A focus on labor costs and even labor investment narrows the scope of cost reduction strategies because the term, “labor” invokes an outdated and incomplete picture of work. In contrast, “workforce” captures the current digital age of work, which is inclusive of both traditional employees and alternative workers (i.e., contractors, contingent, and gig workers). This is an important distinction since who does work has implications for how and where work is performed. All of these factors comprise workforce investments. According to the 2019 Deloitte HC Trends Survey,3 the alternative workforce is expected to continue to grow well into the tens of millions in the United States alone. Cost management efforts that fail to recognize alternative workers miss a substantial population and hence limit their opportunity to identify investment risks and opportunities for driving business strategy.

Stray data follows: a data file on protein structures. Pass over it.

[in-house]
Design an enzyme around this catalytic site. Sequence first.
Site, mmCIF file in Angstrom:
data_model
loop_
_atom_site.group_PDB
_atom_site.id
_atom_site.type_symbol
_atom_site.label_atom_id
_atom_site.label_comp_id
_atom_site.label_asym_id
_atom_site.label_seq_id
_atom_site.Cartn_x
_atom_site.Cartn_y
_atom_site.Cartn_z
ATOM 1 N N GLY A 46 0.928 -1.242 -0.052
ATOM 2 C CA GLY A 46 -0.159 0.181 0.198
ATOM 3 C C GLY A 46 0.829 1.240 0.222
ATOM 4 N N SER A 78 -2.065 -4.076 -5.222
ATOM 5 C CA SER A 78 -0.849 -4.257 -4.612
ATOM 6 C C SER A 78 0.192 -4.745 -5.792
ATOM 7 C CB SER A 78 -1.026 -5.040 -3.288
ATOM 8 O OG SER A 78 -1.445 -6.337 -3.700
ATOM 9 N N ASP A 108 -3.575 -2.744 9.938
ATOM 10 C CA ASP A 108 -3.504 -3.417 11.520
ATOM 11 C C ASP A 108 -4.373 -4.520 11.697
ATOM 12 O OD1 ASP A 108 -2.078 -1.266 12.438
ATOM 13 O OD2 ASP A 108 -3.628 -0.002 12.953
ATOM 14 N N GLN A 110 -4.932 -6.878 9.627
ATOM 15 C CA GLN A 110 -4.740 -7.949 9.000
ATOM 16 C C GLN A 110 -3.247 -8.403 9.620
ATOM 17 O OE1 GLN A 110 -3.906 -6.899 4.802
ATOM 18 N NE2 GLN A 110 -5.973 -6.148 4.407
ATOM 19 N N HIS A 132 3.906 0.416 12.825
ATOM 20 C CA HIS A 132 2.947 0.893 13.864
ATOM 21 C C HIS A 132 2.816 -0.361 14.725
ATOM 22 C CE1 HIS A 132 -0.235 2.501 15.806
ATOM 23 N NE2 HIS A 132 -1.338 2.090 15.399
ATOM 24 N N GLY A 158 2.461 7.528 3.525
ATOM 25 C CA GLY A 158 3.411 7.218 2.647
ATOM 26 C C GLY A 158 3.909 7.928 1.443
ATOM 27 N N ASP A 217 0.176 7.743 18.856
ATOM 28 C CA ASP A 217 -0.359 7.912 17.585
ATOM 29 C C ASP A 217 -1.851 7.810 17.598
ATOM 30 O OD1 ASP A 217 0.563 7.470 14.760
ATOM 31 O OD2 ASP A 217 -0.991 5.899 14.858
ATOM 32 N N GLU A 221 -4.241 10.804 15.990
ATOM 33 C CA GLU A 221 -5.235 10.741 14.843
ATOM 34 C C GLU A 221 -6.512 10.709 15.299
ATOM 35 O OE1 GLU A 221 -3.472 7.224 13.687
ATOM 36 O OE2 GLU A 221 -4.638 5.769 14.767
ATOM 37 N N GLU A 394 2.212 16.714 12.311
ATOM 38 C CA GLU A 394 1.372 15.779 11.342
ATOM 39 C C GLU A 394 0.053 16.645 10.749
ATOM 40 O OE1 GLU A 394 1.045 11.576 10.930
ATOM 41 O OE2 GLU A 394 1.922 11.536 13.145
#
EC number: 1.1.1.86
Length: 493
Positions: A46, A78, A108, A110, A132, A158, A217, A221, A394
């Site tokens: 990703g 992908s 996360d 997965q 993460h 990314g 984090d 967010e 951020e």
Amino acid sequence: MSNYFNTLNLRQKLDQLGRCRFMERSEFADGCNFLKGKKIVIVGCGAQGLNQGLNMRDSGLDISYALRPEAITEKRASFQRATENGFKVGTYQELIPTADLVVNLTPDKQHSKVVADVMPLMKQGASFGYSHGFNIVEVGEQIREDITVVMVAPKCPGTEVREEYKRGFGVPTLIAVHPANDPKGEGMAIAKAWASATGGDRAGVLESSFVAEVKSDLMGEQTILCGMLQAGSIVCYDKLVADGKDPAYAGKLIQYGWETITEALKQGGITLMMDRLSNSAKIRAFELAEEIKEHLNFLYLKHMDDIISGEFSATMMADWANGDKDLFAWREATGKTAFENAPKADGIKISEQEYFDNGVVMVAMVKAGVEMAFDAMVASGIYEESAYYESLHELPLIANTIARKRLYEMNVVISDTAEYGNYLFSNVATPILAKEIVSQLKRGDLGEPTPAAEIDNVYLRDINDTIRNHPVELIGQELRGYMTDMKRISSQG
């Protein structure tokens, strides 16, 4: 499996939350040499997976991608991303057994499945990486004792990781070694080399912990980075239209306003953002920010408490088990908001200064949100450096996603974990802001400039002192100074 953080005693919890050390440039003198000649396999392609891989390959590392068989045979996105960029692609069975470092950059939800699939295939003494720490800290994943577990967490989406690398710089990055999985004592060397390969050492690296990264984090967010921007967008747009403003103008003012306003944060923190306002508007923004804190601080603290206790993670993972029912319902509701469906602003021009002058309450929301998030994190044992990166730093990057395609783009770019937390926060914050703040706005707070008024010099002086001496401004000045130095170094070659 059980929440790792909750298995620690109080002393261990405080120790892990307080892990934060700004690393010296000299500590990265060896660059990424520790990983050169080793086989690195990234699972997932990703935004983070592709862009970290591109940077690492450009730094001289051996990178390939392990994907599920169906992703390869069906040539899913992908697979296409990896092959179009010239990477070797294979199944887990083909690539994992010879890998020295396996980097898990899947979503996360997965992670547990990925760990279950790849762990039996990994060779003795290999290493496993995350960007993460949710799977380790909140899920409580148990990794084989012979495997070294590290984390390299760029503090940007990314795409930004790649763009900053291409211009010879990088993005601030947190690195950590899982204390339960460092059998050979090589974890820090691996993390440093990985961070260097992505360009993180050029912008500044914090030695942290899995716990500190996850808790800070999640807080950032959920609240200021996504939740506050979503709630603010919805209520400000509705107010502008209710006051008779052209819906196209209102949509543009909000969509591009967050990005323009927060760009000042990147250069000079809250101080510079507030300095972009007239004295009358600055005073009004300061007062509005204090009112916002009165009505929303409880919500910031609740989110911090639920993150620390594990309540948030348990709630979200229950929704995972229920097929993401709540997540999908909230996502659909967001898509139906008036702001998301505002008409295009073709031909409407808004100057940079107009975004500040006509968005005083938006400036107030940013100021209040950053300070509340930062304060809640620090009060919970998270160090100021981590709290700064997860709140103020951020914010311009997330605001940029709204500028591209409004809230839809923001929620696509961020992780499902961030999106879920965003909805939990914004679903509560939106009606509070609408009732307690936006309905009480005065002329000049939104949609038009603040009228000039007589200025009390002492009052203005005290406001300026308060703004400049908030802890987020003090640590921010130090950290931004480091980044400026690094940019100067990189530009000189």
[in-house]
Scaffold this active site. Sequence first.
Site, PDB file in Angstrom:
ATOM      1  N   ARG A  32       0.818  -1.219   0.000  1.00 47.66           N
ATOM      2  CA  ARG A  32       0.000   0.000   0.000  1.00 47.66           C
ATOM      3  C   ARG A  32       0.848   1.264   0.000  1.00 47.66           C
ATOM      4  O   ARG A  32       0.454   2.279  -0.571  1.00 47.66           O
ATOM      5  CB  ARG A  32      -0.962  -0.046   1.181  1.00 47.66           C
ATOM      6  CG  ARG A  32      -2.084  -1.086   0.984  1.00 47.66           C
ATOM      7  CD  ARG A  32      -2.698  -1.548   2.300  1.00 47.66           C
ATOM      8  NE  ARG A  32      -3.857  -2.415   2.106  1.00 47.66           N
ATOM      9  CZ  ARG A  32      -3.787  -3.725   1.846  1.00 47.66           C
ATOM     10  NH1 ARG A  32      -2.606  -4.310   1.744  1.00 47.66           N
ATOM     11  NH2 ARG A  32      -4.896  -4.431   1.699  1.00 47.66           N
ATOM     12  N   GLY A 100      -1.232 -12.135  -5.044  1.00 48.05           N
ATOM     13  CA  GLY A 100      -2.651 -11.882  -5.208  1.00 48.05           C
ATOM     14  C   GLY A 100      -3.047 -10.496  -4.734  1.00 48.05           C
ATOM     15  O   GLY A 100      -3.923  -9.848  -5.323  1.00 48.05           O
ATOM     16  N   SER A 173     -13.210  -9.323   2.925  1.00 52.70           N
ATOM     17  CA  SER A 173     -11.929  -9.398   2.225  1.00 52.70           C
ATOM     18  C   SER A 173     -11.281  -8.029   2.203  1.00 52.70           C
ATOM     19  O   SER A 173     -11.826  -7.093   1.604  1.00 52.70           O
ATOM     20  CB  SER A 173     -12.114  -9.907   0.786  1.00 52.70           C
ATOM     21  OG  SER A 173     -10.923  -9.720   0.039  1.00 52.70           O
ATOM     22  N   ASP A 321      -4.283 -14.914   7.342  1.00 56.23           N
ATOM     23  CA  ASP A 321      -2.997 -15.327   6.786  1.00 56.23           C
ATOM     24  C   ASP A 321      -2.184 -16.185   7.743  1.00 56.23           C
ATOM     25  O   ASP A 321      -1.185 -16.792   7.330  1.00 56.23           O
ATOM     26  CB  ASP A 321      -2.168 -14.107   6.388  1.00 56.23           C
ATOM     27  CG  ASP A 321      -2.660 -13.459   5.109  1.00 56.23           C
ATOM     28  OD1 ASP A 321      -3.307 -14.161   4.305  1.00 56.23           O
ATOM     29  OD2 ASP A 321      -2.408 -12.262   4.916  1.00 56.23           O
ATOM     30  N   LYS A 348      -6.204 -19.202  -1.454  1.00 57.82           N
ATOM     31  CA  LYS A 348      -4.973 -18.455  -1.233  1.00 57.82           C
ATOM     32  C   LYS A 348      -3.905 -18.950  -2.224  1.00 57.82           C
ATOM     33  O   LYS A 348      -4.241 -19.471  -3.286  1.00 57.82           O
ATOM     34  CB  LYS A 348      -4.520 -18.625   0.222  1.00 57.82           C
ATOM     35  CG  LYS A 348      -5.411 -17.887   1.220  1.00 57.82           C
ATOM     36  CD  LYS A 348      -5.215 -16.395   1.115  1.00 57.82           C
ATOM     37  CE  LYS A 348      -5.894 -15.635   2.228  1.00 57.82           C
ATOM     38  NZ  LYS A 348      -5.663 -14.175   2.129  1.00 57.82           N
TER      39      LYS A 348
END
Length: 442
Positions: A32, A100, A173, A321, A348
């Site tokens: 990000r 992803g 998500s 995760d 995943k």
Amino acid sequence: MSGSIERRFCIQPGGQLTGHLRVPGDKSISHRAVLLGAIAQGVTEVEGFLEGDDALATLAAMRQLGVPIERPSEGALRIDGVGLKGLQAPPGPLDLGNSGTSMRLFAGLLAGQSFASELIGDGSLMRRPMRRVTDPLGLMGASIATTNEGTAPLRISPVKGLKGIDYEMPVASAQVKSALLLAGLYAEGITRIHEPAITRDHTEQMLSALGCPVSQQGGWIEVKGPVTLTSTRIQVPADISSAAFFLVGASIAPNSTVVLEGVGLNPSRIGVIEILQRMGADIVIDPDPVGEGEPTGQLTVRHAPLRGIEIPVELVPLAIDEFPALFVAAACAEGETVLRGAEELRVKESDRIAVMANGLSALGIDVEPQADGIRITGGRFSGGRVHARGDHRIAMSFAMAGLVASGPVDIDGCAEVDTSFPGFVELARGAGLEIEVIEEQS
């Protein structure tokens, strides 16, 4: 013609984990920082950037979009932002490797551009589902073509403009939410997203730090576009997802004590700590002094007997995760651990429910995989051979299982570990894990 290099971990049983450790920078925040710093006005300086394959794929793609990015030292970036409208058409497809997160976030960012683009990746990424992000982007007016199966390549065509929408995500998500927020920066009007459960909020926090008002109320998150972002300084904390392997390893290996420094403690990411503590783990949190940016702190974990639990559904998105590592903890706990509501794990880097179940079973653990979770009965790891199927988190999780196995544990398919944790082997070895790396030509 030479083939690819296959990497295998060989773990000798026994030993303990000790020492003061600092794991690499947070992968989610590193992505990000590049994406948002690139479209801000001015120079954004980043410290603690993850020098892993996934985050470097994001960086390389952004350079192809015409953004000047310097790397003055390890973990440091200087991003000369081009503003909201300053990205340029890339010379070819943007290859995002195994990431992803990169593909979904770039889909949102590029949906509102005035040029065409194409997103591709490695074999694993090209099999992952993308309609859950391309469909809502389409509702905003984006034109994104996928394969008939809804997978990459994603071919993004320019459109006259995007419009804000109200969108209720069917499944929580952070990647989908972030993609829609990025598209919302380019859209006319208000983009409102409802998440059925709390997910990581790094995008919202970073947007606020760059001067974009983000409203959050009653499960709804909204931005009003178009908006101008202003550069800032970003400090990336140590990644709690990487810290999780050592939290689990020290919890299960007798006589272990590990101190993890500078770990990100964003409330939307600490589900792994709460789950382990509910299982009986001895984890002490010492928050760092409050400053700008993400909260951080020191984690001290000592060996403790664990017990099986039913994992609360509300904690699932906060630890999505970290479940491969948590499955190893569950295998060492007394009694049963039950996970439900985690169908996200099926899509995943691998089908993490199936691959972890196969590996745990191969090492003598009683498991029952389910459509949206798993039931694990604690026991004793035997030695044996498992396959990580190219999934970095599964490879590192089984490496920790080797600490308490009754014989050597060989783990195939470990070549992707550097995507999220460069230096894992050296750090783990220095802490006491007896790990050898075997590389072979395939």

The Human Capital Balance Sheet and workforce investments

The Deloitte Human Capital Balance Sheet provides a company’s business leaders with a single source of truth for all workforce investments. In responding to COVID-19 and determining a new normal, it will be important for C-suite teams to align on total workforce investment and a strategy to obtain optimal allocation in the short and long-term. By focusing on workforce investments, the Human Capital Balance Sheet helps business leaders gain insights into the cost and value of where each dollar is spent at the program, functional, and operational level. These insights allow business leaders to make informed, strategic decisions on which programs to stop, continue, and revise to maximize return.


Kecia Bingham is a senior consultant in the Human Capital practice of Deloitte Consulting LLP and leads marketing and eminence for the Optimizing the Human Capital Balance Sheet signature issue.